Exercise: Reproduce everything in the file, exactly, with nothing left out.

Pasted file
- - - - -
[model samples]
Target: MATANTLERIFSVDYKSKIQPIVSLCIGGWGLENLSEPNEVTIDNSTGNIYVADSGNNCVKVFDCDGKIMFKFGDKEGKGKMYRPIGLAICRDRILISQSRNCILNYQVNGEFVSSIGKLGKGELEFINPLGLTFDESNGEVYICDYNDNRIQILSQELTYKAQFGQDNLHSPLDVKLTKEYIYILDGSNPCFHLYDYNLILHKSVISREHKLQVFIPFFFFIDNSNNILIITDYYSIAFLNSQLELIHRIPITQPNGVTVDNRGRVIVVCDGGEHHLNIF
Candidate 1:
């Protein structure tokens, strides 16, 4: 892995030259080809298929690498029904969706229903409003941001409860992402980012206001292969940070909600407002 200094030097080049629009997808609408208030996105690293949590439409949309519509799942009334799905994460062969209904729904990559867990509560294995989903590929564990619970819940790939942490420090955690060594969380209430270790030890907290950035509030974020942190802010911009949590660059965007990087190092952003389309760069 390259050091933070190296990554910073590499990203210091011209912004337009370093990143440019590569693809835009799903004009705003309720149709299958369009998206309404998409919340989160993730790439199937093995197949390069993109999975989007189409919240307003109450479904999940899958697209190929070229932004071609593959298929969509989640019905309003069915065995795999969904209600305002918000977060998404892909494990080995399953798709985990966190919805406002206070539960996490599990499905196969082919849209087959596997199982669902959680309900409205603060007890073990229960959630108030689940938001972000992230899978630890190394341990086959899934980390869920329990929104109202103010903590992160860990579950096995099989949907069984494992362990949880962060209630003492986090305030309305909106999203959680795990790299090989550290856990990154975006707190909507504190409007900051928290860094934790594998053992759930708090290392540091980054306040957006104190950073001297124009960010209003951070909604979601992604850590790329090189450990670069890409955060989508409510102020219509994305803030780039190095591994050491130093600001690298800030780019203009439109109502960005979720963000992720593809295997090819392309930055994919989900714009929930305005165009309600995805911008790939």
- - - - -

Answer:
[model samples]
Target: MATANTLERIFSVDYKSKIQPIVSLCIGGWGLENLSEPNEVTIDNSTGNIYVADSGNNCVKVFDCDGKIMFKFGDKEGKGKMYRPIGLAICRDRILISQSRNCILNYQVNGEFVSSIGKLGKGELEFINPLGLTFDESNGEVYICDYNDNRIQILSQELTYKAQFGQDNLHSPLDVKLTKEYIYILDGSNPCFHLYDYNLILHKSVISREHKLQVFIPFFFFIDNSNNILIITDYYSIAFLNSQLELIHRIPITQPNGVTVDNRGRVIVVCDGGEHHLNIF
Candidate 1:
């Protein structure tokens, strides 16, 4: 892995030259080809298929690498029904969706229903409003941001409860992402980012206001292969940070909600407002 200094030097080049629009997808609408208030996105690293949590439409949309519509799942009334799905994460062969209904729904990559867990509560294995989903590929564990619970819940790939942490420090955690060594969380209430270790030890907290950035509030974020942190802010911009949590660059965007990087190092952003389309760069 390259050091933070190296990554910073590499990203210091011209912004337009370093990143440019590569693809835009799903004009705003309720149709299958369009998206309404998409919340989160993730790439199937093995197949390069993109999975989007189409919240307003109450479904999940899958697209190929070229932004071609593959298929969509989640019905309003069915065995795999969904209600305002918000977060998404892909494990080995399953798709985990966190919805406002206070539960996490599990499905196969082919849209087959596997199982669902959680309900409205603060007890073990229960959630108030689940938001972000992230899978630890190394341990086959899934980390869920329990929104109202103010903590992160860990579950096995099989949907069984494992362990949880962060209630003492986090305030309305909106999203959680795990790299090989550290856990990154975006707190909507504190409007900051928290860094934790594998053992759930708090290392540091980054306040957006104190950073001297124009960010209003951070909604979601992604850590790329090189450990670069890409955060989508409510102020219509994305803030780039190095591994050491130093600001690298800030780019203009439109109502960005979720963000992720593809295997090819392309930055994919989900714009929930305005165009309600995805911008790939």